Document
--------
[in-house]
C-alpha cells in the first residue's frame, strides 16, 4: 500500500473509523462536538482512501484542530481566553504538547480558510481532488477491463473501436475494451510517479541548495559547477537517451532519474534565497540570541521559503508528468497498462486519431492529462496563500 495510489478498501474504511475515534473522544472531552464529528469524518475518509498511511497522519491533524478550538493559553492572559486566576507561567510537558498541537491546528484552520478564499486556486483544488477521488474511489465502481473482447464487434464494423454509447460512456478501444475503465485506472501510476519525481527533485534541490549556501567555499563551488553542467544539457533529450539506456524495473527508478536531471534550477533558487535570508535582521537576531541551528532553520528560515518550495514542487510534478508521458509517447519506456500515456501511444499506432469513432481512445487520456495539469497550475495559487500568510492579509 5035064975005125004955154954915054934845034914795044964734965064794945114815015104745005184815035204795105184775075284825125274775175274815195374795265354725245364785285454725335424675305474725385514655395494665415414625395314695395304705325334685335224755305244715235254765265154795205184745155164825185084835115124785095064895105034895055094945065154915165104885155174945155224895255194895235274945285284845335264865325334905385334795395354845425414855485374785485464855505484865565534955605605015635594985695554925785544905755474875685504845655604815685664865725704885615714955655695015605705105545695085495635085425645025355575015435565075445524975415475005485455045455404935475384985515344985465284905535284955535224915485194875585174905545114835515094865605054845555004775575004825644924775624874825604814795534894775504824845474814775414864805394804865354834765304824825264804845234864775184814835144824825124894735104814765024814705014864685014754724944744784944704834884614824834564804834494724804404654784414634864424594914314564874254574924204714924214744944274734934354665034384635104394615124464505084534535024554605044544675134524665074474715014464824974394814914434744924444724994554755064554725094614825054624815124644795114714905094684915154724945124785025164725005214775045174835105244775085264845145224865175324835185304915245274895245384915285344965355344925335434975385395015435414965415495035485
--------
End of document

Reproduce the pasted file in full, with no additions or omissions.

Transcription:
[in-house]
C-alpha cells in the first residue's frame, strides 16, 4: 500500500473509523462536538482512501484542530481566553504538547480558510481532488477491463473501436475494451510517479541548495559547477537517451532519474534565497540570541521559503508528468497498462486519431492529462496563500 495510489478498501474504511475515534473522544472531552464529528469524518475518509498511511497522519491533524478550538493559553492572559486566576507561567510537558498541537491546528484552520478564499486556486483544488477521488474511489465502481473482447464487434464494423454509447460512456478501444475503465485506472501510476519525481527533485534541490549556501567555499563551488553542467544539457533529450539506456524495473527508478536531471534550477533558487535570508535582521537576531541551528532553520528560515518550495514542487510534478508521458509517447519506456500515456501511444499506432469513432481512445487520456495539469497550475495559487500568510492579509 5035064975005125004955154954915054934845034914795044964734965064794945114815015104745005184815035204795105184775075284825125274775175274815195374795265354725245364785285454725335424675305474725385514655395494665415414625395314695395304705325334685335224755305244715235254765265154795205184745155164825185084835115124785095064895105034895055094945065154915165104885155174945155224895255194895235274945285284845335264865325334905385334795395354845425414855485374785485464855505484865565534955605605015635594985695554925785544905755474875685504845655604815685664865725704885615714955655695015605705105545695085495635085425645025355575015435565075445524975415475005485455045455404935475384985515344985465284905535284955535224915485194875585174905545114835515094865605054845555004775575004825644924775624874825604814795534894775504824845474814775414864805394804865354834765304824825264804845234864775184814835144824825124894735104814765024814705014864685014754724944744784944704834884614824834564804834494724804404654784414634864424594914314564874254574924204714924214744944274734934354665034384635104394615124464505084534535024554605044544675134524665074474715014464824974394814914434744924444724994554755064554725094614825054624815124644795114714905094684915154724945124785025164725005214775045174835105244775085264845145224865175324835185304915245274895245384915285344965355344925335434975385395015435414965415495035485